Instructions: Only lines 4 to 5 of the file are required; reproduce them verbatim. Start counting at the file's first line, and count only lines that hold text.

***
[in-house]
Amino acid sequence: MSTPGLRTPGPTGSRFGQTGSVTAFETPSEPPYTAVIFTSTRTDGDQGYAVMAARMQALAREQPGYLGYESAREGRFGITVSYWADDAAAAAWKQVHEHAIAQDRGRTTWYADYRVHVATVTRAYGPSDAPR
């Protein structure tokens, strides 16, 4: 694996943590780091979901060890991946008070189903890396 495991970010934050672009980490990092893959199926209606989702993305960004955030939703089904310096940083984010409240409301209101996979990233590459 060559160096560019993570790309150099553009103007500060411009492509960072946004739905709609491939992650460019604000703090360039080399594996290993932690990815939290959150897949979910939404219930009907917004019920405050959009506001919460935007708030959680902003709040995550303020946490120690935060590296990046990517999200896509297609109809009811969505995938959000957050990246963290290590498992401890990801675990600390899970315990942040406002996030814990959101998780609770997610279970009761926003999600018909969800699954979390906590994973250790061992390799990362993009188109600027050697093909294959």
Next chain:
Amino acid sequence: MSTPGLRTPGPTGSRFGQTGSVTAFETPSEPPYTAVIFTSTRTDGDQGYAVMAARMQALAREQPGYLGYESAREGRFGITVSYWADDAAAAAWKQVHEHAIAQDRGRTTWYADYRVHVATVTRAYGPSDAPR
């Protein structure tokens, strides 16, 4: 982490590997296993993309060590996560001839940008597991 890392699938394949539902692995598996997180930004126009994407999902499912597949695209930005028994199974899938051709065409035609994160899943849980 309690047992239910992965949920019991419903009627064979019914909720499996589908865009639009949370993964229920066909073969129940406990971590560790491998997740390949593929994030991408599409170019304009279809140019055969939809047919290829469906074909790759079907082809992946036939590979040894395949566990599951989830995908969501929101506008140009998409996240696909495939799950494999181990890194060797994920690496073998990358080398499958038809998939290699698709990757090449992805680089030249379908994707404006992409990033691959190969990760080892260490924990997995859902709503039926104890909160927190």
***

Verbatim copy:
Next chain:
Amino acid sequence: MSTPGLRTPGPTGSRFGQTGSVTAFETPSEPPYTAVIFTSTRTDGDQGYAVMAARMQALAREQPGYLGYESAREGRFGITVSYWADDAAAAAWKQVHEHAIAQDRGRTTWYADYRVHVATVTRAYGPSDAPR